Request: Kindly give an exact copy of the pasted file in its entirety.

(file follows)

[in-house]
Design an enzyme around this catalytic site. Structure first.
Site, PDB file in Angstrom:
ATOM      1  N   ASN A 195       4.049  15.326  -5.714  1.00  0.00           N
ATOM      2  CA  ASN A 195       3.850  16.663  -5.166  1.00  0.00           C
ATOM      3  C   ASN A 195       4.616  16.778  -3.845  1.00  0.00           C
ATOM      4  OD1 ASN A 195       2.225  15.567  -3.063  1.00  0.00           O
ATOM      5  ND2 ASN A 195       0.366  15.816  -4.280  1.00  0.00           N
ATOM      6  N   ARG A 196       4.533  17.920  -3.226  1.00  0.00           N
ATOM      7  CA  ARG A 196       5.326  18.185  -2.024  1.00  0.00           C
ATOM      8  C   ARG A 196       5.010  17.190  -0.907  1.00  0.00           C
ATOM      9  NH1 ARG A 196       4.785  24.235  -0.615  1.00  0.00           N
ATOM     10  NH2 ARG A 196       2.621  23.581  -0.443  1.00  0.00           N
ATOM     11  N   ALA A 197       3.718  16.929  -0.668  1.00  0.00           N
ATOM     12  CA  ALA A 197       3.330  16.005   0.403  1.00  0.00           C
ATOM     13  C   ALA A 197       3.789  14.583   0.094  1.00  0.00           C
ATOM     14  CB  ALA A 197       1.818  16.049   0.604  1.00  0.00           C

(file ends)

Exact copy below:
[in-house]
Design an enzyme around this catalytic site. Structure first.
Site, PDB file in Angstrom:
ATOM      1  N   ASN A 195       4.049  15.326  -5.714  1.00  0.00           N
ATOM      2  CA  ASN A 195       3.850  16.663  -5.166  1.00  0.00           C
ATOM      3  C   ASN A 195       4.616  16.778  -3.845  1.00  0.00           C
ATOM      4  OD1 ASN A 195       2.225  15.567  -3.063  1.00  0.00           O
ATOM      5  ND2 ASN A 195       0.366  15.816  -4.280  1.00  0.00           N
ATOM      6  N   ARG A 196       4.533  17.920  -3.226  1.00  0.00           N
ATOM      7  CA  ARG A 196       5.326  18.185  -2.024  1.00  0.00           C
ATOM      8  C   ARG A 196       5.010  17.190  -0.907  1.00  0.00           C
ATOM      9  NH1 ARG A 196       4.785  24.235  -0.615  1.00  0.00           N
ATOM     10  NH2 ARG A 196       2.621  23.581  -0.443  1.00  0.00           N
ATOM     11  N   ALA A 197       3.718  16.929  -0.668  1.00  0.00           N
ATOM     12  CA  ALA A 197       3.330  16.005   0.403  1.00  0.00           C
ATOM     13  C   ALA A 197       3.789  14.583   0.094  1.00  0.00           C
ATOM     14  CB  ALA A 197       1.818  16.049   0.604  1.00  0.00           C